I don’t mean to dishearten us with such a bleak imagining of our future; I mean to inspire us. Because there is something that can be done to avert that future. We can spare ourselves much of that grim reality through the coordinated global effort to meet the 1.5-degree target; dramatically limiting the probability of extreme drought, precipitation and the risks associated with water availability.
When the leaders of the world gather here at the UN Secretary General’s Climate Summit later this year, we have an important opportunity to change this future – to chart a new course. For more countries – and larger emitters in particular – to join Fiji and the Republic of Marshall Islands in their commitment to enhance their NDCs and develop long-term strategies. If we can do it, so can you – and I, together with my follow high ambition leaders, will use every tool at our disposal to help chart this new course.
Excellencies, as COP23 President we helped lead the Talanoa Dialogue, using the inclusive Pacific process of talanoa to take stock of global efforts through 2018. After that dialogue, in partnership with the Polish COP24 Presidency, I launched the Talanoa Call for Action, through which Fiji will continue to lead the global campaign to raise the ambition of nationally determined commitments. We’ll continue to put the 1.5-degree target in our sights, and we need to enlist every government in the effort to hold global temperature rises to that level. Failure is not an option.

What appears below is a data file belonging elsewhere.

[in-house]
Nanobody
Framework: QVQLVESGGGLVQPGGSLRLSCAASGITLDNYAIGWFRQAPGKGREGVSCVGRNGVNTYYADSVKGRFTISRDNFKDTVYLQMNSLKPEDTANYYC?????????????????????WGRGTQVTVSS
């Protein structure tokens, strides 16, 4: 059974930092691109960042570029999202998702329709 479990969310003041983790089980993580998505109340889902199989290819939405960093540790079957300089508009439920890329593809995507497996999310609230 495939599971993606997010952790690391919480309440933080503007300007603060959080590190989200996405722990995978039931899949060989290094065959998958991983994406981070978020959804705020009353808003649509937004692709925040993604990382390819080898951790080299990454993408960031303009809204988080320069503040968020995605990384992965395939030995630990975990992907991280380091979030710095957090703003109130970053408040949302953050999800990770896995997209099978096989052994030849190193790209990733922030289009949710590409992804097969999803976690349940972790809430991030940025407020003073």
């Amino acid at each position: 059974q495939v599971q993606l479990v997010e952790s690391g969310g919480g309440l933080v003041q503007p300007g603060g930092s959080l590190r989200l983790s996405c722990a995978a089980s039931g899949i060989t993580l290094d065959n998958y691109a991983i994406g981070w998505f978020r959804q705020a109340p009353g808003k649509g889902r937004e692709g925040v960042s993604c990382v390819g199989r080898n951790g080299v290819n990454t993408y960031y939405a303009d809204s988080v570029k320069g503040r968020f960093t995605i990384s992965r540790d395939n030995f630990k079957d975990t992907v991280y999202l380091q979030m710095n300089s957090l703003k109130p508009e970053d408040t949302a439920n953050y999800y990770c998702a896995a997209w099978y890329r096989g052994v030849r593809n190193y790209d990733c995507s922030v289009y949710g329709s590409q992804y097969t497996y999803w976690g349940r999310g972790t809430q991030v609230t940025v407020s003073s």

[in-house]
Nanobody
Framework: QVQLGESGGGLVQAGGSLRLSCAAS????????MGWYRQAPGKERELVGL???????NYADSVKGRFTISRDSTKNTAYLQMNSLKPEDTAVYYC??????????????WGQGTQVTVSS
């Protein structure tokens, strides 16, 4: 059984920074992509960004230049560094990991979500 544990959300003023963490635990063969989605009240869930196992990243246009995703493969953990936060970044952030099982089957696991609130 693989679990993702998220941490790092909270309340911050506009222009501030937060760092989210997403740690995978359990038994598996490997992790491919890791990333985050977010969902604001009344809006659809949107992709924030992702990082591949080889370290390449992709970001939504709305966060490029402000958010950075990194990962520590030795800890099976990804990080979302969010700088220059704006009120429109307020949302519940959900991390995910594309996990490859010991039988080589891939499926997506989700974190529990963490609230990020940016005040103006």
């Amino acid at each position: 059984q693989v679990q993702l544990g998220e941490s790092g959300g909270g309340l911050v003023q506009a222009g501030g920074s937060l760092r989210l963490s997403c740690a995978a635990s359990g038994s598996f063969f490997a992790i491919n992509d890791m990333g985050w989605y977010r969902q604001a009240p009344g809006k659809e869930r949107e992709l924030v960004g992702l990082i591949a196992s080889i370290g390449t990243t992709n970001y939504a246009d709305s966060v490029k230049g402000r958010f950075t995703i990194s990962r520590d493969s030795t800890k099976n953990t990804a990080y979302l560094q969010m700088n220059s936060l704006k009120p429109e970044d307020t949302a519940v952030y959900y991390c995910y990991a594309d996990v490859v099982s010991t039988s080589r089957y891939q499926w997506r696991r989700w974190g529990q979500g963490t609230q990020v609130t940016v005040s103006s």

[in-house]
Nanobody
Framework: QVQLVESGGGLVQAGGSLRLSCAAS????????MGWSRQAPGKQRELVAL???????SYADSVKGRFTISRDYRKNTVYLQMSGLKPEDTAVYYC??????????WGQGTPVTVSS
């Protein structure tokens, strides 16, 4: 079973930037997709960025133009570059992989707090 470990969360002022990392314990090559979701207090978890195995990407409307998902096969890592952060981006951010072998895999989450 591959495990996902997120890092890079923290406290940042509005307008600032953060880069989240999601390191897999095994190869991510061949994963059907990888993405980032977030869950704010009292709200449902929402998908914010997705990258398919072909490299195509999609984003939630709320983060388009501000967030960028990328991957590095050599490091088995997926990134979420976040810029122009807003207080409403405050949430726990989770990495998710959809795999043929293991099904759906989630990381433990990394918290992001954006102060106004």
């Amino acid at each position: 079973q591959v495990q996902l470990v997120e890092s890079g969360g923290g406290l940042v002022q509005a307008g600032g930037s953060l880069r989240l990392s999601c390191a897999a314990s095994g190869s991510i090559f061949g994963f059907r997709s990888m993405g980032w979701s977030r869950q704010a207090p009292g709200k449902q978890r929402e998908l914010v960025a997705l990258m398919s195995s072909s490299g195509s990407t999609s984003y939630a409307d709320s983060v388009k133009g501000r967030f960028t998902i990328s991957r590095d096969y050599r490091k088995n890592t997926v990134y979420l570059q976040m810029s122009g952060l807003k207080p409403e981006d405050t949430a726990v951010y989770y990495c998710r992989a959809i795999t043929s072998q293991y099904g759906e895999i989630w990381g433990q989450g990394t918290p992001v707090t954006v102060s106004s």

In Fiji, our efforts to urgently adapt our economy to a new climate reality have produced a tremendous body of knowledge and experiences. We’ve learned important lessons; and we’ve learned those lessons by actually putting resources on the ground and implementing adaptation projects. But for the world to get on track to the 1.5-degree target, we need other nations, the major emitters in particular, to put rhetoric aside in favour of action that creates real development that benefits real people; teaching real lessons that can inform and transform this global campaign.
If we don’t act now, the nightmare scenario will become a reality. Every failure or setback holds lessons for us all. Every success can be applied on a larger scale and spare suffering for countless millions. Fiji is already turning words into action. We are already putting resources to work. The world’s major economies need to live up to the commitments to boost public and private financing to 100 billion dollars a year by 2020. Adaptation initiatives in water must be a key priority in all economies.
We are strongly urging the Secretary-General to mobilise new financial resources and technical know-how to support nations facing severe stress from water shortages. And we urge the nations of the world to produce those resources. There is no alternative.
Vinaka vakalevu. Thank you.